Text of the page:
The next alternative is to write your own FTP object, that has the same interfaces exposed as Net::FTP (it might even inherit from Net::FTP), and replace all of the calls to Net::FTP to 'My::FTP' or whatever you end up calling it.

Re: Ways to limit bandwidth of downloads?
by BrowserUk (Pope) on Apr 18, 2006 at 16:00 UTC

    Here's one way. If you supply the hash => \*FHGLOB parameter on the Net:FTP constructor, then a "hash mark" will be printed to the Filehandle glob each buffer load. If you tie the glob before passing it, the PRINT method will be called after each buffer is read. If you insert a short sleep at that point, you will effectively throttle the request for the buffer load.

    This demonstrates the technique. Performing the calculations to allow the download rate to be specified and wrapping it up into clean interface is left as an exercise for those that need it.

    #! perl -slw use strict; use Time::HiRes qw[ time sleep ]; use Net::FTP; $|=1; sub TIEHANDLE { return bless [ 0 ], $_[0] } sub PRINT{ my $self = shift; if( $self->[ 0 ] ) { my $delay = ( $self->[ 0 ]+1 - time() ); printf "%f\n", $delay; sleep 1+$delay; ## Insert delay } $self->[ 0 ] = time(); } local *GLOB; tie *GLOB, 'main'; my( $site, $dir, $file ) = $ARGV[ 0 ] =~ m[ ^(?:ftp://)? ([^/]+) (/.*?) / ([^/]+$) ]x or die "Couldn't parse url"; my $ftp = Net::FTP->new( $site, Hash => \*GLOB ) or die $@; $ftp->login( 'anonymous', 'anonymous@' ); $ftp->cwd( $dir ) or die $@; $ftp->get( $file ) or die $@;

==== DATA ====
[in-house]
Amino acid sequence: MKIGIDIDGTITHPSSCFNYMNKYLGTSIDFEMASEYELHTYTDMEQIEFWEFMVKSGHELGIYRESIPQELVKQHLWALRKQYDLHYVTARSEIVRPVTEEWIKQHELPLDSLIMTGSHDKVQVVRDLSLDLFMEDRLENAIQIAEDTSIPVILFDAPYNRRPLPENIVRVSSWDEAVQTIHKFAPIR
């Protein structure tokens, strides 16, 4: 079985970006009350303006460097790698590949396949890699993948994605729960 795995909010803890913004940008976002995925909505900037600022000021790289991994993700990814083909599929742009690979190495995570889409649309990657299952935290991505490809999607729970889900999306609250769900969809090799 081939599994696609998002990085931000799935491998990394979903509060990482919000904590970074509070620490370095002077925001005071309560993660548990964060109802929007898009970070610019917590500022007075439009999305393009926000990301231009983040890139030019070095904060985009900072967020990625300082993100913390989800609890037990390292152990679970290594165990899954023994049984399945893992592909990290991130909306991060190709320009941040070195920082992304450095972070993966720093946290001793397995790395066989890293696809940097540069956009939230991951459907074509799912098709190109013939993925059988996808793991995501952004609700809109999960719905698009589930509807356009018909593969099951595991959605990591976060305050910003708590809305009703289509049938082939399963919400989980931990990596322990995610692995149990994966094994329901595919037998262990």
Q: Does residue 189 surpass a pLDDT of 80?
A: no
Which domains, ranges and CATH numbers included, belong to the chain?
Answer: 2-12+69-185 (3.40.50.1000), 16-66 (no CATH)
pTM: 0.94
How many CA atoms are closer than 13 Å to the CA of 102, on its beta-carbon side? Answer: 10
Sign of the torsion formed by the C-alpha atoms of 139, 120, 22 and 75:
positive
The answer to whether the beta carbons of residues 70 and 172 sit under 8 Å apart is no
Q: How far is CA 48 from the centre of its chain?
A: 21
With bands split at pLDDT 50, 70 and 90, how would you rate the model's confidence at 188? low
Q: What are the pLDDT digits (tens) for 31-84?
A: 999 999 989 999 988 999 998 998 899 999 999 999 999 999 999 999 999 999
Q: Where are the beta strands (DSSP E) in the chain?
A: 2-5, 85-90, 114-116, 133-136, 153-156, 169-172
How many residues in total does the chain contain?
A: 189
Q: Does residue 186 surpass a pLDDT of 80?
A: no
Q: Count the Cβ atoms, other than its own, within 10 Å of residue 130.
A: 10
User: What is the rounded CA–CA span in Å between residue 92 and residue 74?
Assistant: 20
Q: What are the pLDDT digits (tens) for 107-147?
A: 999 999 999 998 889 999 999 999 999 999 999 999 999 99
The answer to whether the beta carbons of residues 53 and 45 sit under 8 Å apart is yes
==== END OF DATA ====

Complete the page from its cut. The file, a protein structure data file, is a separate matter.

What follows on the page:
Examine what is said, not who speaks -- Silence betokens consent -- Love the truth but pardon error.
    Lingua non convalesco, consenesco et abolesco. -- Rule 1 has a caveat! -- Who broke the cabal?
    "Science is about questioning the status quo. Questioning authority".
    In the absence of evidence, opinion is indistinguishable from prejudice.

      That actually seems like overkill ... ;-) After all, I just wrote in TIMTOWTDI Challenge: Open a file how to use the retr function of Net::FTP to grab stuff - inserting the sleep in there may be simpler than having to tie stuff ;-)

      (And, when I wrote it, I thought it was completely obscure ... here, less than one day later, it's coming in handy!)

        Maybe...though when I played with subclassing Net::FTP when trying to track down a mysterious bug some time ago, I found that once you start messing with doing the buffering yourself, you rapidly end up duplicating quite a lot of what Net::FTP normally does for you. I was more interested in finding the bug than solving the issues with the subclassing, so it's quite possible I was just doing it wrong.

        I thought the tie solution was rather nice because it relied on a documented interface but otherwise left the internals untouched. Theory says that substituting a subclass of a module for the module itself should be simple, but the practice often proves otherwise I found. But, TIMTOWTDI. If you can avoid doing the buffering yourself, then overriding the retr method should work just as well :)


        Examine what is said, not who speaks -- Silence betokens consent -- Love the truth but pardon error.
        Lingua non convalesco, consenesco et abolesco. -- Rule 1 has a caveat! -- Who broke the cabal?
        "Science is about questioning the status quo. Questioning authority".
        In the absence of evidence, opinion is indistinguishable from prejudice.